||This article may be too technical for most readers to understand. (February 2014)|
In particle physics, B mesons are mesons composed of a bottom antiquark and either an up (B+), down (B0), strange (B0
s) or charm quark (B+
c). The combination of a bottom antiquark and a top quark is not thought to be possible because of the top quark's short lifetime. The combination of a bottom antiquark and a bottom quark is not a B meson, but rather bottomonium.
List of B mesons
|Spin and parity
|Commonly decays to|
|B meson||B+||B−||ub||+1||1⁄2||0−||5,279.15±0.31||0||0||+1||(1.638±0.011)×10−12||See B± decay modes|
|B meson||B0||B0||db||0||1⁄2||0−||5,279.53±0.33||0||0||+1||(1.530±0.009)×10−12||See B0 decay modes|
|Strange B meson||B0
s decay modes
|Charmed B meson||B+
c decay modes
The neutral B mesons, B0 and B0
s, spontaneously transform into their own antiparticles and back. This phenomenon is called flavor oscillation. The existence of neutral B meson oscillations is a fundamental prediction of the Standard Model of particle physics. It has been measured in the B0–B0 system to be about 0.496 ps−1, and in the B0
s system to be Δms = 17.77 ± 0.10 (stat) ± 0.07 (syst) ps−1 measured by CDF experiment at Fermilab. A first estimation of the lower and upper limit of the B0
s system value have been made by the DØ experiment also at Fermilab.
This first major discovery of Run 2 continues the tradition of particle physics discoveries at Fermilab, where the bottom (1977) and top (1995) quarks were discovered. Surprisingly, the bizarre behavior of the B_s (pronounced "B sub s") mesons is actually predicted by the Standard Model of fundamental particles and forces. The discovery of this oscillatory behavior is thus another reinforcement of the Standard Model's durability...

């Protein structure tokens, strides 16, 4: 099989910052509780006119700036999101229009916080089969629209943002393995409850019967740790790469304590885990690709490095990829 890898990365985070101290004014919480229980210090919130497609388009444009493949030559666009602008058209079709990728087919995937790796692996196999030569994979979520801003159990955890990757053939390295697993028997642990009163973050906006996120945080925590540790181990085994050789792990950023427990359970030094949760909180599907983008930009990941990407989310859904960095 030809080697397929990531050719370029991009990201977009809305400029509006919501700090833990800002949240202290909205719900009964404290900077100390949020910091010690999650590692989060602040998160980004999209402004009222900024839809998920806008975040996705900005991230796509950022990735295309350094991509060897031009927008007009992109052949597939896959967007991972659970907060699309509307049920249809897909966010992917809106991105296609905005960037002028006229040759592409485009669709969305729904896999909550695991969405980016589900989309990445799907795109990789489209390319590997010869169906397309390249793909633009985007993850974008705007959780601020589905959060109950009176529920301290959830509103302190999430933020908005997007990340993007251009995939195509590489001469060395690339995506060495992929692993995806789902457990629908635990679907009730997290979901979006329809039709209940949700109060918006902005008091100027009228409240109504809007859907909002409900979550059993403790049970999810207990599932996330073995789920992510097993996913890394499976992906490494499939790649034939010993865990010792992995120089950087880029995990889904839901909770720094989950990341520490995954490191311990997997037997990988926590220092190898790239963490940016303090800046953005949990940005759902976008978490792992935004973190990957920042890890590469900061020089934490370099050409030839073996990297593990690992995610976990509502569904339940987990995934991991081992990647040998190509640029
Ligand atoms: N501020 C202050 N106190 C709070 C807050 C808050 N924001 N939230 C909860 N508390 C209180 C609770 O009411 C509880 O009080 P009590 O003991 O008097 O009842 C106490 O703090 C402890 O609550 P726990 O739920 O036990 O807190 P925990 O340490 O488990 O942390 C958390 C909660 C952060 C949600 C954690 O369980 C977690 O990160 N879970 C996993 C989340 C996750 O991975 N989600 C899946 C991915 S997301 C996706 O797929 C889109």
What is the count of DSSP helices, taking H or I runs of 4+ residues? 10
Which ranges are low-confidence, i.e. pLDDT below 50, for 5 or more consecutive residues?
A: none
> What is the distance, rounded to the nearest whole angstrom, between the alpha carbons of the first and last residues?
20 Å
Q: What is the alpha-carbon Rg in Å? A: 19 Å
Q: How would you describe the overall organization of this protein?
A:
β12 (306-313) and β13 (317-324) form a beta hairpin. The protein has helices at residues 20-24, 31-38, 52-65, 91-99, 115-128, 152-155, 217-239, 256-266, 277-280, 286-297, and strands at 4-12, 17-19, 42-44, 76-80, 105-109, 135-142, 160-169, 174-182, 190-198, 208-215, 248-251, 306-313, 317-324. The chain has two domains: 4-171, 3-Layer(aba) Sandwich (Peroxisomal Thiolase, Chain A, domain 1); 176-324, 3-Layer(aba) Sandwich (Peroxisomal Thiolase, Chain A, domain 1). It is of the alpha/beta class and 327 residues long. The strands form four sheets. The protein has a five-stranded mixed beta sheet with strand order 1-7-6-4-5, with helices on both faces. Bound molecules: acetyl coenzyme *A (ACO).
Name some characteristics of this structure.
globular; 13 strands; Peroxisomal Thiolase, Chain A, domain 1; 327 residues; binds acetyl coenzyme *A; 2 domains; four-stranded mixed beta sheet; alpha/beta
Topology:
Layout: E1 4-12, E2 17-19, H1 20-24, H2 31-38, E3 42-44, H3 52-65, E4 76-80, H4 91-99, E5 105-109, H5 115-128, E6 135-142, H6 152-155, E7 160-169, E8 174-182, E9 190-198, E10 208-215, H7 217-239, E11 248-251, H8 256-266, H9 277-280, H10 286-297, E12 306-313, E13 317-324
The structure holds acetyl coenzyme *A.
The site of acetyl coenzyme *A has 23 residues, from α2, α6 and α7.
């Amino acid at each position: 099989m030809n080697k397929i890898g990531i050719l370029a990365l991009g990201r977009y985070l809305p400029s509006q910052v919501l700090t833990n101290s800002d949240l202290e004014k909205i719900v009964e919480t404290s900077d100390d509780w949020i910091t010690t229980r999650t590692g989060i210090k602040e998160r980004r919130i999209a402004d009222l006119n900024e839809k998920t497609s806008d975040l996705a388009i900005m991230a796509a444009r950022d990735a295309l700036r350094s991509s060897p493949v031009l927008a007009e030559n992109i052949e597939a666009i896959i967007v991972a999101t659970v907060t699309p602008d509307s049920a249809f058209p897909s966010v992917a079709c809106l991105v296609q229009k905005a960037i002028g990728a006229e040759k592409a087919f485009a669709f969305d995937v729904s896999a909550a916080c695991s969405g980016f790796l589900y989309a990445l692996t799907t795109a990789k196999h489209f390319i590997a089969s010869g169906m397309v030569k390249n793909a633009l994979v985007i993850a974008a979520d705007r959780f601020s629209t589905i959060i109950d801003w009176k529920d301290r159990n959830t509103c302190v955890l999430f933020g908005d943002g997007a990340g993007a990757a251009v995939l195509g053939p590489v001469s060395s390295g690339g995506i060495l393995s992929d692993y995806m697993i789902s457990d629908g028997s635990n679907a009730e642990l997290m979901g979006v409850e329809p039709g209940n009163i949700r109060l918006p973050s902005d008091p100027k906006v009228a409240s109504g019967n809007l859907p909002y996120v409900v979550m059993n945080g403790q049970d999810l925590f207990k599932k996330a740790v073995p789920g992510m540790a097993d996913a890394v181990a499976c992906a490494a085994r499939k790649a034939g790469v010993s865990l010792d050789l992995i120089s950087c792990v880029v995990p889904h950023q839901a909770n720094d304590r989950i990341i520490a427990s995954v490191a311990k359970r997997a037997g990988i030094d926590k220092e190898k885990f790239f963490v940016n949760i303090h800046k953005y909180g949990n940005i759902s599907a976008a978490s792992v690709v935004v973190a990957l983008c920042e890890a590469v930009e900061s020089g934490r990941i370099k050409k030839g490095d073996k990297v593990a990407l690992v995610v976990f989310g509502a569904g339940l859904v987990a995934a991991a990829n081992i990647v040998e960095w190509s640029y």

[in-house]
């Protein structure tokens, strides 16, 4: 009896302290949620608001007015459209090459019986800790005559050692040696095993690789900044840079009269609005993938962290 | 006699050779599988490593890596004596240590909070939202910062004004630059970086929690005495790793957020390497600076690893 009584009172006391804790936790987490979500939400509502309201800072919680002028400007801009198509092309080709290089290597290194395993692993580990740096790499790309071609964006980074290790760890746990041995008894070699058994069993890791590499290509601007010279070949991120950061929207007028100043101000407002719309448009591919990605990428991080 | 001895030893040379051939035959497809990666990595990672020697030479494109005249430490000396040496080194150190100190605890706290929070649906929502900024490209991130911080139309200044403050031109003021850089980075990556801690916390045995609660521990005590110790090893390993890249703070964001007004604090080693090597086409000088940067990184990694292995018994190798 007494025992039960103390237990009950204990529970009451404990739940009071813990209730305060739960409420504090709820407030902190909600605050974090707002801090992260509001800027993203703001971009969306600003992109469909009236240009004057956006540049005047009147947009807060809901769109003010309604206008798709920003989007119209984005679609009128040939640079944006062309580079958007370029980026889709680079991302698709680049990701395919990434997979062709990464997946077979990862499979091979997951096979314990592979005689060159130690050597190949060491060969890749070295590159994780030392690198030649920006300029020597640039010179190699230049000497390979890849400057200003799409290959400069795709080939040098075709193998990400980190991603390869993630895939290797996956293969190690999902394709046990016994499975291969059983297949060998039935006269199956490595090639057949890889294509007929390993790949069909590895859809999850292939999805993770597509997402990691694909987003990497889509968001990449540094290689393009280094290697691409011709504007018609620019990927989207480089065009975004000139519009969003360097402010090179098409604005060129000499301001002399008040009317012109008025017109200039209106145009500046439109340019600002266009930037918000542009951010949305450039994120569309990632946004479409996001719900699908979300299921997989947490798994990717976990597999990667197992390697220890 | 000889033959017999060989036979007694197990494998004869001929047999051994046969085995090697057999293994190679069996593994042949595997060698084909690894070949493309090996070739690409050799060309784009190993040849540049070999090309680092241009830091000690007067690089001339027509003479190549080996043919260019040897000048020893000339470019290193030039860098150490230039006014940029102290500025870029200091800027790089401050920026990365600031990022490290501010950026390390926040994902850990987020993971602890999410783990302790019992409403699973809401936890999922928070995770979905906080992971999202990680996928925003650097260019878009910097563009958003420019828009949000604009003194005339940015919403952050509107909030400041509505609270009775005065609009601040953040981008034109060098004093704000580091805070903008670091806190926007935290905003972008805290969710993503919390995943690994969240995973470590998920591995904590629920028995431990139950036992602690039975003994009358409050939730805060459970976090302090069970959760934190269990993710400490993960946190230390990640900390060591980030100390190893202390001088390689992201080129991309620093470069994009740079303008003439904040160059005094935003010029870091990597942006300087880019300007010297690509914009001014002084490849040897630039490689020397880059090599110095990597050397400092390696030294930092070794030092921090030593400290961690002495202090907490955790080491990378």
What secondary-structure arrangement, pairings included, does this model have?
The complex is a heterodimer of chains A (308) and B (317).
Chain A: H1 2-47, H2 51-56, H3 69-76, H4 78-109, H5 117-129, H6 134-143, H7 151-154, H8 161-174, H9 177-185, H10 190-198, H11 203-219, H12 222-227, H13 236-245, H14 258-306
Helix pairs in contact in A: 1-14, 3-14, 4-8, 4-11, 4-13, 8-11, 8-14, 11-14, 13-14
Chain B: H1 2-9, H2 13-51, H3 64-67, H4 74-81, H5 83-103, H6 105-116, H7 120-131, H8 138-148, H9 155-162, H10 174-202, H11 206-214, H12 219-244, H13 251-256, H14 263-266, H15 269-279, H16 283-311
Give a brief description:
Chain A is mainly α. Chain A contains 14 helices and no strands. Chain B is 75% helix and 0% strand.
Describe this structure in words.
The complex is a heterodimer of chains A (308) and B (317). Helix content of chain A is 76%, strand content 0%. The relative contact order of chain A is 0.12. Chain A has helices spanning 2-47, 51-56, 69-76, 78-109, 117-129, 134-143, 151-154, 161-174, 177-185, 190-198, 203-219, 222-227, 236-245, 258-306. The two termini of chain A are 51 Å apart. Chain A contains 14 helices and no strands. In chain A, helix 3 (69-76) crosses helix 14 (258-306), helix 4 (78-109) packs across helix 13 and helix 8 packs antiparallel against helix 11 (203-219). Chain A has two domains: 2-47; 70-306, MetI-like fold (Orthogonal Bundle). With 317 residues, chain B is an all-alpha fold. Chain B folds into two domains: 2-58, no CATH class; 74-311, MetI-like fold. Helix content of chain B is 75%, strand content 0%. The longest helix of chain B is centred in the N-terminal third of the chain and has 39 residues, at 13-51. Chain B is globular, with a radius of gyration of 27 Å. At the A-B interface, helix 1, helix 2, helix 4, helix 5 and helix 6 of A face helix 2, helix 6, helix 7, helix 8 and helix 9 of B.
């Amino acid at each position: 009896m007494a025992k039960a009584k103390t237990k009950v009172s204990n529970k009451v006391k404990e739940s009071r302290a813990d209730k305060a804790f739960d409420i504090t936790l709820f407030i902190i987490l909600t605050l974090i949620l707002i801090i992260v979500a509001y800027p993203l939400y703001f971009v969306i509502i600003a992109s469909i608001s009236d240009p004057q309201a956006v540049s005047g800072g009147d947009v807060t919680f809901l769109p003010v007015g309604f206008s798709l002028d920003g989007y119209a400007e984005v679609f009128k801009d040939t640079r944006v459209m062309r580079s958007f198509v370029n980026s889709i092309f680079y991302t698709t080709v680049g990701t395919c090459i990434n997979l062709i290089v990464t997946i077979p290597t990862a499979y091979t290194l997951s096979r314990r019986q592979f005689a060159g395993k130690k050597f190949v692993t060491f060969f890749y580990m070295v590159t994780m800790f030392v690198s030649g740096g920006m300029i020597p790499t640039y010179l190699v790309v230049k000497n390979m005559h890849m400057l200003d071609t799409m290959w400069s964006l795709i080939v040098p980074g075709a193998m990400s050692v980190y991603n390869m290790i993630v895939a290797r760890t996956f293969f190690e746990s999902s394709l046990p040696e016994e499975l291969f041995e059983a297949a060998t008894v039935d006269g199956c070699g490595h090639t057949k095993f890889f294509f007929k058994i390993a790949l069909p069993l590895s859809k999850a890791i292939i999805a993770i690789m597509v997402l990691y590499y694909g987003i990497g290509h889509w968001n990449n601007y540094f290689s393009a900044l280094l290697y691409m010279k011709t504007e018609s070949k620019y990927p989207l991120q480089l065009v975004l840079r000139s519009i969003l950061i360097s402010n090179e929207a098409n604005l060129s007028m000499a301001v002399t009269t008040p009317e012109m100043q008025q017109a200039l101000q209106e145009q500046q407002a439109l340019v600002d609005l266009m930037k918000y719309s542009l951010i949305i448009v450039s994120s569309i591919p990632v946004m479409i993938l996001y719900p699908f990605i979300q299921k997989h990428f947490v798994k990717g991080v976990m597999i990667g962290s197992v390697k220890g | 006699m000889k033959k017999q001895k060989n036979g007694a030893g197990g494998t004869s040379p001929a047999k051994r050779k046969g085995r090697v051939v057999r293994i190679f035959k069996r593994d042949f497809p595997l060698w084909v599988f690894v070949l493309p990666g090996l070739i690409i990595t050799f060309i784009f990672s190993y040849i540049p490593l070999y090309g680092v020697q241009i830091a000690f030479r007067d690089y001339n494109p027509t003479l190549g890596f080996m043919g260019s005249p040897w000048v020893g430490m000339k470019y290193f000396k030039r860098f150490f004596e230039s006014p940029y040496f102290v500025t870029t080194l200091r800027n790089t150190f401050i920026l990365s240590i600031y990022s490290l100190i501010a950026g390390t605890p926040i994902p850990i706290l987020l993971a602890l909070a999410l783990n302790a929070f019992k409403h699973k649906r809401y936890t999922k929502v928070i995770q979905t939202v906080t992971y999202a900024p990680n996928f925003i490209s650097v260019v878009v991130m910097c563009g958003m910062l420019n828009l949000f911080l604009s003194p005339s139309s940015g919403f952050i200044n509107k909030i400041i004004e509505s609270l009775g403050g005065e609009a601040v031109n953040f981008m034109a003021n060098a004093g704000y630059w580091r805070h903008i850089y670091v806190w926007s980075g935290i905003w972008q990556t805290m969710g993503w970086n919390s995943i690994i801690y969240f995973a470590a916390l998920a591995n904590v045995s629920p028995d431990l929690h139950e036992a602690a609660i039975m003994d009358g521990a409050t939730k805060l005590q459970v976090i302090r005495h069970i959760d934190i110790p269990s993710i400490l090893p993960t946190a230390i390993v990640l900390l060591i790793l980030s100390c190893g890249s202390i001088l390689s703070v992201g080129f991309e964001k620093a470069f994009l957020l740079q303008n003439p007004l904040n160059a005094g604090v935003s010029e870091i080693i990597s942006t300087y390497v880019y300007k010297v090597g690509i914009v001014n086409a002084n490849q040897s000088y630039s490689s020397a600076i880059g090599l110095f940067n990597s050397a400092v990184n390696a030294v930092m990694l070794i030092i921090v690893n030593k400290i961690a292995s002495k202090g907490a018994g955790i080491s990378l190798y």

CDF physicists have previously measured the rate of the matter-antimatter transitions for the B_s meson, which consists of the heavy bottom quark bound by the strong nuclear interaction to a strange antiquark. Now they have achieved the standard for a discovery in the field of particle physics, where the probability for a false observation must be proven to be less than about 5 in 10 million (5/10,000,000). For CDF's result the probability is even smaller, at 8 in 100 million (8/100,000,000).
Ronald Kotulak, writing for the Chicago Tribune, called the particle "bizarre" and stated that the meson "may open the door to a new era of physics" with its proven interactions with the "spooky realm of antimatter".
On 14 May 2010, physicists at the Fermi National Accelerator Laboratory reported that the oscillations decayed into matter 1% more often than into antimatter, which may help explain the abundance of matter over antimatter in the observed Universe. However, more recent results at LHCb with larger data samples have suggested no significant deviation from the Standard Model.
- A. Abulencia et al. (CDF Collaboration) (2006). "Observation of B0
s Oscillations". Physical Review Letters 97 (24): 242003. arXiv:hep-ex/0609040. Bibcode:2006PhRvL..97x2003A. doi:10.1103/PhysRevLett.97.242003.
- V.M. Abazov et al. (D0 Collaboration) (2006). "Direct Limits on the Bs0 Oscillation Frequency". Physical Review Letters 97 (2): 021802. arXiv:hep-ex/0603029. Bibcode:2006PhRvL..97b1802A. doi:10.1103/PhysRevLett.97.021802.
- "It might be…It could be…It is!!!" (Press release). Fermilab. 25 September 2006. Retrieved 2007-12-08.
- R. Kotulak (26 September 2006). "Antimatter discovery could alter physics: Particle tracked between real world, spooky realm". Deseret News. Archived from the original on 29 November 2007. Retrieved 2007-12-08.
- A New Clue to Explain Existence
- Article on LHCb results
- W.-M. Yao et al. (Particle Data Group), J. Phys. G 33, 1 (2006) and 2007 partial update for edition 2008 (URL: http://pdg.lbl.gov)
- V. Jamieson (18 March 2008). "Flipping particle could explain missing antimatter". New Scientist. Retrieved 2010-01-23.